Did you think your dating days were over when you settled down with your soulmate? The below is what it might look like when you make it to third base with your mom friend — get ready, these bases are just a little different from the romantic ones.
So you’ve made it to third base. It’s about to get real. Up in here. Up. In. Here. Third base is not for people who pretend they have it all together. Even if you can manage a decent façade for a couple of hours, on third base, your kids will out you before you can say, “Welcome to my home.” On third, your kids are playing on home field, which means they’ll act like they do at home, which means your friend will see how your kids actually behave and how you handle or don’t handle it. Yeah.
If that doesn’t scare the crapstick out of you, let me describe a recent third-base date I had. Everyone’s behavior was actually not too horrific. We were doing well. And then.
My friend’s 3-year-old took a dump in the upstairs bathroom and used the entire roll of toilet paper. As she walked out, eschewing the apparently optional hand-washing idea, I walked in to a rapidly rising toilet of man-sized floaters. I surveyed the scene and did what any excellent hostess would do. I walked right out. I did. I just pretended like I had no idea that was going down, or actually not going down, which was the problem.
I heard my own 3-year-old screaming from the downstairs bathroom, and as I entered that hot mess, my nostrils promptly lost all nose hair, burnt right off from the toxic stench of my daughter’s turdly disaster. As I bent over to wipe her, she apologized, “I’m sorry, Mommy.” I didn’t understand this and assured her that poop is normal and to poop in the potty is fabulous and no apology needed. And then I helped her off the potty.
Prior to my entering the scene, she had used her butt as a paintbrush, a paintbutt if you will, to smear feces from the base of the potty up the side, around the seat, on her undies, shorts, and sparkly light-up shoes. All I could get out was, “How!?!?” in a strained, desperate voice. While she washed her hands, I peeled the undies and shorts off and threw them in the trash, because, just, whatever, I couldn’t handle it with my friend right upstairs sitting on my couch and who knows if she’d discovered the clogged toilet yet.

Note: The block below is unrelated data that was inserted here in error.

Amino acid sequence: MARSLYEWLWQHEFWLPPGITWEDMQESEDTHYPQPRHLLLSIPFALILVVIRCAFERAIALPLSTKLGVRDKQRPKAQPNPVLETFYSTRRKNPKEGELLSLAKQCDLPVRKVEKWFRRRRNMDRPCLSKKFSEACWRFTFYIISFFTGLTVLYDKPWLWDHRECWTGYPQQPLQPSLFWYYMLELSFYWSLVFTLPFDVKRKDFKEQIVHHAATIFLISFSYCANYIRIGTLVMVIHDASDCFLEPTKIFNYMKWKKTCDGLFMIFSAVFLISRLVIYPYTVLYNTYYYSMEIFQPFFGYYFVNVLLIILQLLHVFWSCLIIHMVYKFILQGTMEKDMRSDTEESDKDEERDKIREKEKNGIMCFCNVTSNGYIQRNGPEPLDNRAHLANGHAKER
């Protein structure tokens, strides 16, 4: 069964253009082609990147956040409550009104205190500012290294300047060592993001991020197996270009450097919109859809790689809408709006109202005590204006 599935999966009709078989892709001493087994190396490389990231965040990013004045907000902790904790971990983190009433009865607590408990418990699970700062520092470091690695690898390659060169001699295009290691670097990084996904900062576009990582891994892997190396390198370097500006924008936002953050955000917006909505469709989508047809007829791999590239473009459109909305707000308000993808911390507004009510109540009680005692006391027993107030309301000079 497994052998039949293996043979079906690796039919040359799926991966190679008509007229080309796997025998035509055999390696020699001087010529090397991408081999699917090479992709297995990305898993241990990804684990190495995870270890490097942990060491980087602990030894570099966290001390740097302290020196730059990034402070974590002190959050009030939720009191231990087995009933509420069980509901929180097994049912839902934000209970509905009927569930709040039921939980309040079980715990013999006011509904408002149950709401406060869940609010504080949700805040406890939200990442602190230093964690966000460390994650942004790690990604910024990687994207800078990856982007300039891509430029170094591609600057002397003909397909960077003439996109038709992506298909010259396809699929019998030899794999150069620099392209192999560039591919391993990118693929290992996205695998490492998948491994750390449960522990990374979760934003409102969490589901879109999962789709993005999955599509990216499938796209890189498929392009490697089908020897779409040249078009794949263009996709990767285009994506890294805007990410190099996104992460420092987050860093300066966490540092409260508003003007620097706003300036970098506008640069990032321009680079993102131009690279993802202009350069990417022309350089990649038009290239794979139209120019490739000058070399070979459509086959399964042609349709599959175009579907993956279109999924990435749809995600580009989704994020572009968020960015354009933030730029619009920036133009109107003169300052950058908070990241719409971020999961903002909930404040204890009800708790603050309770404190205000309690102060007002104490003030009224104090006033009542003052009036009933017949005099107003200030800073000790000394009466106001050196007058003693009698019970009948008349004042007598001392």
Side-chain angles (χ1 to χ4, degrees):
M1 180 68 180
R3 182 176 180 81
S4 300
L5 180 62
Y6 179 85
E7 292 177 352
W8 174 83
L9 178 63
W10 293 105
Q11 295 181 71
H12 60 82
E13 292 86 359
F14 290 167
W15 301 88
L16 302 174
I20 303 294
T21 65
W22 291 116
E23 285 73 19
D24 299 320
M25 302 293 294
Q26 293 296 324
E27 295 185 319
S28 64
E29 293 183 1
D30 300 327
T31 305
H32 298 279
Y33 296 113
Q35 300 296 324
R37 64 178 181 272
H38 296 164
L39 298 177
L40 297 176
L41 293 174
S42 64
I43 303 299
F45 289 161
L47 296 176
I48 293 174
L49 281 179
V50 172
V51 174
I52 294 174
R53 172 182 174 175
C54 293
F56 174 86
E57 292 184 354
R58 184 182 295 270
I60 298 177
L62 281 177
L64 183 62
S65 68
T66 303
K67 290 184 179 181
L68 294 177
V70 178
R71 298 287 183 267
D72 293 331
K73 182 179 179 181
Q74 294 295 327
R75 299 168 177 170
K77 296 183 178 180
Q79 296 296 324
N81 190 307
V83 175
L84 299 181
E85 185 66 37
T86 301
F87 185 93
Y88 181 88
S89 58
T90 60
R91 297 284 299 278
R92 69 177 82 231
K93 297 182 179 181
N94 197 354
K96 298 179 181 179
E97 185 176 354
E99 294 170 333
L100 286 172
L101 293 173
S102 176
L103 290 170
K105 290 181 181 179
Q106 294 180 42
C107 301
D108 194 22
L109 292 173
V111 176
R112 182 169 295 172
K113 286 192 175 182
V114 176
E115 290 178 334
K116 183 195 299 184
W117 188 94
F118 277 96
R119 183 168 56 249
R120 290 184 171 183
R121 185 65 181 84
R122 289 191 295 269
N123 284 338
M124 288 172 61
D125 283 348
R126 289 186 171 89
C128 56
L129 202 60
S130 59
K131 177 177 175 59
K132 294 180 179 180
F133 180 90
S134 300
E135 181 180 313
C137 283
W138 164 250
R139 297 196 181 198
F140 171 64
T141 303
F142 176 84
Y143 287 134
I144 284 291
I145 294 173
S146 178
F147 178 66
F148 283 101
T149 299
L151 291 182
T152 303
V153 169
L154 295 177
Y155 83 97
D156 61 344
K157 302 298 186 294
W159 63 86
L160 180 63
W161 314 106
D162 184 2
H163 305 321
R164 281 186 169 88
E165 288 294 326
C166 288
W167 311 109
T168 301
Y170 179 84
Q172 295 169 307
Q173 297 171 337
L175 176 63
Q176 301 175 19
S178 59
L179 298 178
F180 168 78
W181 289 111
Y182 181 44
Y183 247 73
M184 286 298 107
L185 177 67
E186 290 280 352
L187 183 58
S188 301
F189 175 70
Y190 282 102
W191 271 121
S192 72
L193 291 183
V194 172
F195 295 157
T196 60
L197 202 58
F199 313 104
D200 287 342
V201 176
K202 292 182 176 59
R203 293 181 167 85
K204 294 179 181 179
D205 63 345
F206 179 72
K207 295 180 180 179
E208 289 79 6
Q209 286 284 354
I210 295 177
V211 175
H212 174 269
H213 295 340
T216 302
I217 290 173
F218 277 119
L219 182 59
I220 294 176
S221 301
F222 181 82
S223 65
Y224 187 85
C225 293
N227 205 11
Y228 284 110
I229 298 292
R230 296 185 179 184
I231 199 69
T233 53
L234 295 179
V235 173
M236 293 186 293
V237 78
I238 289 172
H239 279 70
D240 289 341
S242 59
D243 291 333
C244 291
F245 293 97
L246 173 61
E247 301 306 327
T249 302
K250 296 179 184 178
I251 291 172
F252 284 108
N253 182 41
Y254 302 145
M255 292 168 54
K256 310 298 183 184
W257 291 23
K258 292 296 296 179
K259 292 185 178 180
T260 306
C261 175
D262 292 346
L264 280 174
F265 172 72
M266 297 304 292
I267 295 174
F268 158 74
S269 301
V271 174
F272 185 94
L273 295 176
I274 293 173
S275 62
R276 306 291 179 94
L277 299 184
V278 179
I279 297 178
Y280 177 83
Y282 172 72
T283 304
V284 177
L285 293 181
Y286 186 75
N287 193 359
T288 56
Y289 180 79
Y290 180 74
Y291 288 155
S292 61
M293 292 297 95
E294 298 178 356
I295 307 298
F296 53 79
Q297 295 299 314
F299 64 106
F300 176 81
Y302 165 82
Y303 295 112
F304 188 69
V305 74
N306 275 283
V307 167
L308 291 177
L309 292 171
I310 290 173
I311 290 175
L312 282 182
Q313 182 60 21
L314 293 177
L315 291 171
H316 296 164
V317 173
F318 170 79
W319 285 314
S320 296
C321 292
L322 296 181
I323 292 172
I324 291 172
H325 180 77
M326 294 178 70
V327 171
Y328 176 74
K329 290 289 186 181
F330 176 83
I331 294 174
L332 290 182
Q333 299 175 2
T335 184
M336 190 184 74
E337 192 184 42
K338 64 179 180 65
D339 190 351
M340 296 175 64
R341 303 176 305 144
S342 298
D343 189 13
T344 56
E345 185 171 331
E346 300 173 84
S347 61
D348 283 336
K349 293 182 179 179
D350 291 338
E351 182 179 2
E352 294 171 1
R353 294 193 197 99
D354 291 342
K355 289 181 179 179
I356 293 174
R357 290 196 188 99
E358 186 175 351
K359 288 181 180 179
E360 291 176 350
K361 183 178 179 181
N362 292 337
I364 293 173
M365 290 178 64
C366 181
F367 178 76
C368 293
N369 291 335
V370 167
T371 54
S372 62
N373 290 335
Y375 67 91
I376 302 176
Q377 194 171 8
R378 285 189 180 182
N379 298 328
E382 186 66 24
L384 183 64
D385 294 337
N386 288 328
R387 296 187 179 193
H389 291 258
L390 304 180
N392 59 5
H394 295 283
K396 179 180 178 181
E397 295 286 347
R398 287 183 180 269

I cleaned the toilet, the tile, and the grout, then hoisted Poopie Monster up the stairs and into a quick bath, because stuff was in places that wasn’t coming off without soaking.
New outfit, drain the tub, the obligatory 48 rounds of hand washing, and I was back on the couch to resume talking with my friend about what a typical day looks like for us. Did I mention that she’s from out of town and I never see her so she has no basis for what my typical day looks like and might think that I spend every day covered in dookie?
And then I see my husband come out of the clogged bathroom. Bless his heart. He’d handled it and my friend was none the wiser. Until now, if she’s reading this.
After she and her gang left, another friend came over with her gaggle of children, and at this point, you might be wondering what kind of mom-dating Casanova I am. What can I say, my animal magnetism and toilet seats draw them in, ladies. You know you want some.
My friend asked where the bathroom was, and when she came back, let me know that she almost sat in poop and had to clean off the seat. Because apparently my child number two (pun intended) took a dump in between rocking playdates and somehow smeared it on the seat, or maybe Clogger Girl left some remnants. I’m not sure. The point is, it’s impossible to die of embarrassment because I tried right then and it didn’t work.
The next day, as I walked upstairs, I discovered that our banister was also covered in dried poo.
And this is third base. Not every date is this disgusting and most people don’t have moms coming in and out of their houses like they’re operating a coffeepot at Grand Central Station, but for sure, third base, it’s real life, which for us apparently means gross.
Adapted from Women Are Scary by Melanie Dale. Copyright 2015 by Melanie Dale. Used by permission of Zondervan. All rights reserved.
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